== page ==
By Gloria Furman
“There you are,” a woman whispered in my ear as she grabbed my elbow during a church gathering. “I’ve been looking everywhere for you!”
I braced myself. You never know what a statement like that could mean—especially at a church gathering.
Did I leave my car running in the parking lot? Did one of my kids have an accident involving bodily fluids? Or horror of all horrors—is my husband’s zipper down while he’s preaching?
The woman led me from the back of the meeting room where I was standing into the lobby area.
Was there someone critically in need of prayer? Is there a baby being born in the lobby? Did someone leave a pumpkin latte out here with my name on it?
The woman urgently pointed to the ceiling. “Look! The air conditioning isn’t cold enough. You have to fix it.”
I breathed a sigh of relief and gave her a quick hug. “The air conditioner? I don’t know how to fix the air conditioner. I barely know how to read a Celsius thermostat.”
She thought about this for a second and chuckled. “But you are the pastor’s wife.”
My Biggest Fear as a Pastor’s Wife
Both my husband and I had wanted to minister overseas before we were married. My husband spent a summer in the Middle East and fell in love with the people, their culture, their language, and their food. Dave is constantly trying to come up with more ways to incorporate shish tawook into his diet.
For my part, a few months after I began walking with God in college I read Let the Nations Be Glad with some friends. If you’ve ever read this book by John Piper then you know why I applied for a passport after reading the first chapter.
I was excited to serve the Lord overseas. After we got married I was excited for my husband to be a church planter.
But there was one thing about being a pastor’s wife that terrified me . . . I knew beyond a shadow of a doubt that I would never be able to measure up to everyone’s expectations.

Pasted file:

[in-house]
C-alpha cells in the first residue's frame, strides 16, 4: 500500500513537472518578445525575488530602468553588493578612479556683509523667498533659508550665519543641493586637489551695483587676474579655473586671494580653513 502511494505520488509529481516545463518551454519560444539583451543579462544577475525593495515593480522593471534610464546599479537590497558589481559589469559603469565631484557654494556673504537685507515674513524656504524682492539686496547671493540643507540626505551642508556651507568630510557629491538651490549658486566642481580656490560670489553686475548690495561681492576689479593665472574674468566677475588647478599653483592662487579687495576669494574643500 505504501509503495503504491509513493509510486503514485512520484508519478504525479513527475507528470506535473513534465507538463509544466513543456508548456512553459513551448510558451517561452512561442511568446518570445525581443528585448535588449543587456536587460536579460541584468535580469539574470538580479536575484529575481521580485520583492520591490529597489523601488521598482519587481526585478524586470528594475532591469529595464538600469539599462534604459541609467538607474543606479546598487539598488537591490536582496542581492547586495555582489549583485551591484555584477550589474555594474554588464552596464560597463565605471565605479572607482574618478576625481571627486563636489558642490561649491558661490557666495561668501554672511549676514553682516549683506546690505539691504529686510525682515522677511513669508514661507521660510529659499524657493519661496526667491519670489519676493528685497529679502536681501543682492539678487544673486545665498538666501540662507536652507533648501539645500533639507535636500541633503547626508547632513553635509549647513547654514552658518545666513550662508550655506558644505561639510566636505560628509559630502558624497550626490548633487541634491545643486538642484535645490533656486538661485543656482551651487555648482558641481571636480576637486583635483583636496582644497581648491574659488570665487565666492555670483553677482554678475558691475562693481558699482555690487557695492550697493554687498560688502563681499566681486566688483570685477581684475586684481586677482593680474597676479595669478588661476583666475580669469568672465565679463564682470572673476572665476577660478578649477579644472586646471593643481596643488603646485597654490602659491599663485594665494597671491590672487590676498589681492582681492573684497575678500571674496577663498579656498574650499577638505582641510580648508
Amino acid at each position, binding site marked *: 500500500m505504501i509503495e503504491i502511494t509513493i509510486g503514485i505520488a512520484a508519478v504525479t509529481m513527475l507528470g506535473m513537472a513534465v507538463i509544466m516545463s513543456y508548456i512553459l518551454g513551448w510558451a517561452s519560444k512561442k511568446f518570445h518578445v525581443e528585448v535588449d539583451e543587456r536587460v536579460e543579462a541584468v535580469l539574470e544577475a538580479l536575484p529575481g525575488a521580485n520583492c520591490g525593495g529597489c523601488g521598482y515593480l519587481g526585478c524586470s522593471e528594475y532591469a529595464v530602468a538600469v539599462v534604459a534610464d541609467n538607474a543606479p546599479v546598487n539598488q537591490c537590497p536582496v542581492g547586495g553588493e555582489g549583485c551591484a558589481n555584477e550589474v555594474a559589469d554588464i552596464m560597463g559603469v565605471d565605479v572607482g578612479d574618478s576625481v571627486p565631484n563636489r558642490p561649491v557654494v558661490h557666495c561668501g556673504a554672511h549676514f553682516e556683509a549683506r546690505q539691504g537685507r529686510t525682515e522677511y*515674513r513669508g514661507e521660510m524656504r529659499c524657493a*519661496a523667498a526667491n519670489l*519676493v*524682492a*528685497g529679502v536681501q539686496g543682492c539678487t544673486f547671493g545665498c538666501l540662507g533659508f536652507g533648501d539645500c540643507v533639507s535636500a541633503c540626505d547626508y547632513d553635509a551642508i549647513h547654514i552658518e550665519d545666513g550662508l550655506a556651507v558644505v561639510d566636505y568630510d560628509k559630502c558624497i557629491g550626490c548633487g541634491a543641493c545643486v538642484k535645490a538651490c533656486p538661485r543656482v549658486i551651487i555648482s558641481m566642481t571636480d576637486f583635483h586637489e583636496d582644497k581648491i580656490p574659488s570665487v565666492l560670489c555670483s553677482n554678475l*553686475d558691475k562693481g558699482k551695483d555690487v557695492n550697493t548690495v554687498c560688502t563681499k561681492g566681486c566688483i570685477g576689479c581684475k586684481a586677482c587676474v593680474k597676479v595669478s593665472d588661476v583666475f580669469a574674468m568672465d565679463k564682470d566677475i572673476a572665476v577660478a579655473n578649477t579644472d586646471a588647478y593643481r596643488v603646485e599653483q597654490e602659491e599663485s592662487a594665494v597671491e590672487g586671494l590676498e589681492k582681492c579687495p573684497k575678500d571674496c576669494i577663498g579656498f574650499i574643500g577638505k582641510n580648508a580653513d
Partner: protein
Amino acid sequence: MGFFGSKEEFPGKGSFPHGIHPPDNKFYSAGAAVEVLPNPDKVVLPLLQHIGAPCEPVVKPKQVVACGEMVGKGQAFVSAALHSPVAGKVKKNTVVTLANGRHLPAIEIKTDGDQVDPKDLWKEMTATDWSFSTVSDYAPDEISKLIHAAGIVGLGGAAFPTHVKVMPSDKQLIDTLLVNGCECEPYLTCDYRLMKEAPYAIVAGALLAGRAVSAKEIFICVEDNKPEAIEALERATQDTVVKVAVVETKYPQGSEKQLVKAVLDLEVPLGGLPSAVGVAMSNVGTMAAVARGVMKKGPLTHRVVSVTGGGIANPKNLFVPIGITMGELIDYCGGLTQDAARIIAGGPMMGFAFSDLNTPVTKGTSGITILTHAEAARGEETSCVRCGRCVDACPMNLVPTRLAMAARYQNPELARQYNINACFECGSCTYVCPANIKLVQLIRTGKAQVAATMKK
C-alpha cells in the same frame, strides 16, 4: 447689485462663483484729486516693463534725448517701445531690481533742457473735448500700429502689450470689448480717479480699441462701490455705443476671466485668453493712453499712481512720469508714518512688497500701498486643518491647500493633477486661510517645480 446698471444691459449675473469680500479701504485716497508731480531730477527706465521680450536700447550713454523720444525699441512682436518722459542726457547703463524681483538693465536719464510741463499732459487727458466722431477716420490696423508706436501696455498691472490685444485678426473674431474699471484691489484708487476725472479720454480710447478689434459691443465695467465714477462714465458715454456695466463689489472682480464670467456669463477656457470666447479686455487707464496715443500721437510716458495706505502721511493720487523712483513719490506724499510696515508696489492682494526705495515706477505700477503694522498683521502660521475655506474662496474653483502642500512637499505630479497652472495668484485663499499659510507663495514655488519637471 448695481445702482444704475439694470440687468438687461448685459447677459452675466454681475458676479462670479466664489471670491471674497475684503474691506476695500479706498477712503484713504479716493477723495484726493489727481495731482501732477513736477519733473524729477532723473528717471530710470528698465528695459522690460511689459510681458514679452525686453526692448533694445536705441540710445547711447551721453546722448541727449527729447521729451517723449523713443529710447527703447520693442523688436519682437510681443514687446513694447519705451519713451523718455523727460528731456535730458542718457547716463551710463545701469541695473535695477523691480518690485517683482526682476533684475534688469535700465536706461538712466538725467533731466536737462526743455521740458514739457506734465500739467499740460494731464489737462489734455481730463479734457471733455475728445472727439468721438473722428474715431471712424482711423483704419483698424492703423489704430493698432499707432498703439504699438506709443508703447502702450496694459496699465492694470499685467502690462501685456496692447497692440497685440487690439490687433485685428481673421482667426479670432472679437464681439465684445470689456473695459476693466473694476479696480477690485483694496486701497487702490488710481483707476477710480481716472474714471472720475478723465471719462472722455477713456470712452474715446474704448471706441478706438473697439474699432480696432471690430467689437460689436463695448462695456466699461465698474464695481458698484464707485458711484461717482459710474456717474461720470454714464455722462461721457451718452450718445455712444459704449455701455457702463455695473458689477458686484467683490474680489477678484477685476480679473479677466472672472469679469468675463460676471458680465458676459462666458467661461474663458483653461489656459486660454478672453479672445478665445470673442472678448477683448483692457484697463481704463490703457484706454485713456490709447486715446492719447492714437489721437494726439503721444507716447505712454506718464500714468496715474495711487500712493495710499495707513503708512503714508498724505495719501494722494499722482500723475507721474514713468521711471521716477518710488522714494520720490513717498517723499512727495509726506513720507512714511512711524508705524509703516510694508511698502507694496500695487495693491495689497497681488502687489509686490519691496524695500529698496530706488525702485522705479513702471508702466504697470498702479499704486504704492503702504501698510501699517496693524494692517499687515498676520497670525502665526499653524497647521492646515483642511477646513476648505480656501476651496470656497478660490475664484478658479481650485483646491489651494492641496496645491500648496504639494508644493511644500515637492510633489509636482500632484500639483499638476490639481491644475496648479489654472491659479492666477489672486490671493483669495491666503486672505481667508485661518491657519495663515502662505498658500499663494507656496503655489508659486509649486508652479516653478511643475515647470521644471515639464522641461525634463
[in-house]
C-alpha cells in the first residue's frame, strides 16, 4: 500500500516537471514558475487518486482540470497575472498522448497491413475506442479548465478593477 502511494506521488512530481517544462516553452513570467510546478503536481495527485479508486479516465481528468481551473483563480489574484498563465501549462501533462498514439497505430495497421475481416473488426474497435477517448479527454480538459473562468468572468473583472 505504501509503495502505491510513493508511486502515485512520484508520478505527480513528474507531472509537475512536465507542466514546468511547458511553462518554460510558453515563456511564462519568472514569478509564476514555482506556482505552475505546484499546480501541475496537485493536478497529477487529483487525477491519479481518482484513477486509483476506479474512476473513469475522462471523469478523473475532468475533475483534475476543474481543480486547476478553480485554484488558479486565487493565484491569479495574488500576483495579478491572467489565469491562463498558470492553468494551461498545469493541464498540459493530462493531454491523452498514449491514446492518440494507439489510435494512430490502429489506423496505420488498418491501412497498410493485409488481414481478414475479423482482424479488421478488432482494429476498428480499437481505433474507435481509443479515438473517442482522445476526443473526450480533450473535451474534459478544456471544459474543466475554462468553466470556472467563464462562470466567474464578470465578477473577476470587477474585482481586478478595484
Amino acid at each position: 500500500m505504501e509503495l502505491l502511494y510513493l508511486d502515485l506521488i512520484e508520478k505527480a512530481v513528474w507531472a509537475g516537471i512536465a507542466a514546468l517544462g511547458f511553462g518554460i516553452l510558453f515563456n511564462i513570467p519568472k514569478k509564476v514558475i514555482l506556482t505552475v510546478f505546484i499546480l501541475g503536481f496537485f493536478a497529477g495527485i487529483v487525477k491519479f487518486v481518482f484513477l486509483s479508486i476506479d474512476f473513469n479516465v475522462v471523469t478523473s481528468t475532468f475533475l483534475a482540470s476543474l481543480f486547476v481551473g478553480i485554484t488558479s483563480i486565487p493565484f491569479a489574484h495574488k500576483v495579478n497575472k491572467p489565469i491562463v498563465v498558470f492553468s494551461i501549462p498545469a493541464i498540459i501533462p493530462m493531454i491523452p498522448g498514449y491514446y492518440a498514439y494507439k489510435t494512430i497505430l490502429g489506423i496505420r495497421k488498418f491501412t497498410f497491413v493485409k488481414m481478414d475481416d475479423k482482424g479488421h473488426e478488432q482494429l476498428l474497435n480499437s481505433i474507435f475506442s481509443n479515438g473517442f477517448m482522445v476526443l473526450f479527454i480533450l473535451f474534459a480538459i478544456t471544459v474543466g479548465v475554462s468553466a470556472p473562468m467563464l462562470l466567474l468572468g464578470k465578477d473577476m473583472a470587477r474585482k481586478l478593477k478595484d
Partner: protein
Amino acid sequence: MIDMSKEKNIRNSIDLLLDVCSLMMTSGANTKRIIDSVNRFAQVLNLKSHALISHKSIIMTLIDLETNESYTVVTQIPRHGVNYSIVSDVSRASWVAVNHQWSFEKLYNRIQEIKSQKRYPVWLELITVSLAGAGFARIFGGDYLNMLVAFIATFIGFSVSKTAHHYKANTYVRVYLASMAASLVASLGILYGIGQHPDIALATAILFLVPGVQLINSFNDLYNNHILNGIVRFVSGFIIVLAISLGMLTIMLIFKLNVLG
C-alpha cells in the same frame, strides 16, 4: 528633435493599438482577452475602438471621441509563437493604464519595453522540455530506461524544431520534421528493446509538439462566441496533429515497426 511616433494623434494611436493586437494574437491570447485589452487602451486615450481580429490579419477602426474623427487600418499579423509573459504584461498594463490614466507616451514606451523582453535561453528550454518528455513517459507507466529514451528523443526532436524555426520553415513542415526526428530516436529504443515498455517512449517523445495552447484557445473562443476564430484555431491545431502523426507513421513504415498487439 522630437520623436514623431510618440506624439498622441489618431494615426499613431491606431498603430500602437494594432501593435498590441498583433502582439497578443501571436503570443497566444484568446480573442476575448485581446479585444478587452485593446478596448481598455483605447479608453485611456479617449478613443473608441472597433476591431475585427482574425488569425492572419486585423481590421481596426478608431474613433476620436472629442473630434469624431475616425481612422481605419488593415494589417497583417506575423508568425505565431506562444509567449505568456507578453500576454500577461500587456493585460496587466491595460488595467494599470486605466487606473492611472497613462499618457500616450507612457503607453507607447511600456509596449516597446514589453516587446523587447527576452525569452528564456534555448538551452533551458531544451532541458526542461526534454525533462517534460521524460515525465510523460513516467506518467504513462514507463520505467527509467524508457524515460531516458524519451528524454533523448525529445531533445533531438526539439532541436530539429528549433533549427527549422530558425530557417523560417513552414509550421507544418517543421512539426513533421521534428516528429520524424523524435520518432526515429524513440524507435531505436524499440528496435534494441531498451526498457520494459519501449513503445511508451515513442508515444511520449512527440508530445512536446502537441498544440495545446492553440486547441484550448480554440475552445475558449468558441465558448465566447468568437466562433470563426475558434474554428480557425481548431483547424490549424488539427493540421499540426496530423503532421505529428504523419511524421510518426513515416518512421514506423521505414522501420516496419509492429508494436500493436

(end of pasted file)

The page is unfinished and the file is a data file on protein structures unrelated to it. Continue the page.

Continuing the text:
I had heard all the rumors about pastor’s wives. They’re supposed to play the piano, lead prayer meetings, organize the Christmas play, supply a baby to be Baby Jesus for the Christmas play, and perhaps have several more kids to be shepherds and wisemen for the play, too.
They’re supposed to be up on the latest fashions and epitomize modesty at the same time. They need to know how to cook enough food to feed every church member and know all the words to all the hymns in the hymnal.
Someone even told me that pastor’s wives who live overseas have to grow their hair really long so they could tie it into a bun. I can’t tie a bun to save my life. Just by coincidence (or perhaps not), I cut my long hair into a short bob a few weeks before we moved overseas. Oops.
I might have been too paralyzed to even pack my suitcase if I had taken all of these rumors seriously. Just thinking about that could make a wife want to throw in the dishtowel at the first potluck and hide under the stairs with the leftover grape juice from communion.
Of course, I would have cheered for my husband as he boarded the plane. “Have fun, Honey! Skype me! I’ll be praying for you!”
I felt that my husband was very well suited to be a pastor for a congregation of people from more than 50 different nationalities. But me, be an international church pastor’s wife? I wasn’t so sure I fit the fabled job description.
So What Is a Pastor’s Wife?
I can imagine that you might be thinking a variety of things as you read this, depending on your perspective of what a pastor’s wife should be.
Perhaps something about the idea of having this role shaped by others’ expectations unsettles you. But maybe you can’t think of any realistic alternatives. After all, everyone has expectations placed upon them—everyone.
A good question we ought to ask is this: Where are these expectations coming from?
It is so helpful for me to continually process the implications of this question. My husband is very well aware that I am not a wonderwoman. A few weeks after the church launched, the saints at Redeemer Church of Dubai caught on to this fact as well!
So what is a pastor’s wife? One answer is very simply stated:
The pastor’s wife should be a pastor’s wife.
(Editor’s Note: This is a series of three posts. Stay tuned for parts two and three!)
Gloria Furman (@gloriafurman) lives in Dubai with her husband Dave, a pastor at Redeemer Church of Dubai. They have four young kids. Gloria is the author of Glimpses of Grace: Treasuring the Gospel in Your Home and blogs regularly for Domestic Kingdom.
A version of this originally appeared at The Gospel Coalition.